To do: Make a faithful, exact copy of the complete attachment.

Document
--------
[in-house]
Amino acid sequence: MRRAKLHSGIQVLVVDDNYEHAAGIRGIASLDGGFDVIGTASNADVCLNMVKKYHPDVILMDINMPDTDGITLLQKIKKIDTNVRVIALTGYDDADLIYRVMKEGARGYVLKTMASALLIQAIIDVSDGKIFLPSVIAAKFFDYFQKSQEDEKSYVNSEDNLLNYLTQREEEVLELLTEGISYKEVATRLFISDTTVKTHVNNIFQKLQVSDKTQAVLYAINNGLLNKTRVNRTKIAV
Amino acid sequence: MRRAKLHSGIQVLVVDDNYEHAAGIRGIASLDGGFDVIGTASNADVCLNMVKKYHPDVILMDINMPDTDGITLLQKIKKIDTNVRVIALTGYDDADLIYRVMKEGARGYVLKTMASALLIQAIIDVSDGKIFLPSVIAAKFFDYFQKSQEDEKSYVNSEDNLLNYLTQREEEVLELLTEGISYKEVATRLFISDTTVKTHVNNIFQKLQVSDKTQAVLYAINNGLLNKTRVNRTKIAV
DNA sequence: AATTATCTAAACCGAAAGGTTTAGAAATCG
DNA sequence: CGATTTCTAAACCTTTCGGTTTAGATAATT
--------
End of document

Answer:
[in-house]
Amino acid sequence: MRRAKLHSGIQVLVVDDNYEHAAGIRGIASLDGGFDVIGTASNADVCLNMVKKYHPDVILMDINMPDTDGITLLQKIKKIDTNVRVIALTGYDDADLIYRVMKEGARGYVLKTMASALLIQAIIDVSDGKIFLPSVIAAKFFDYFQKSQEDEKSYVNSEDNLLNYLTQREEEVLELLTEGISYKEVATRLFISDTTVKTHVNNIFQKLQVSDKTQAVLYAINNGLLNKTRVNRTKIAV
Amino acid sequence: MRRAKLHSGIQVLVVDDNYEHAAGIRGIASLDGGFDVIGTASNADVCLNMVKKYHPDVILMDINMPDTDGITLLQKIKKIDTNVRVIALTGYDDADLIYRVMKEGARGYVLKTMASALLIQAIIDVSDGKIFLPSVIAAKFFDYFQKSQEDEKSYVNSEDNLLNYLTQREEEVLELLTEGISYKEVATRLFISDTTVKTHVNNIFQKLQVSDKTQAVLYAINNGLLNKTRVNRTKIAV
DNA sequence: AATTATCTAAACCGAAAGGTTTAGAAATCG
DNA sequence: CGATTTCTAAACCTTTCGGTTTAGATAATT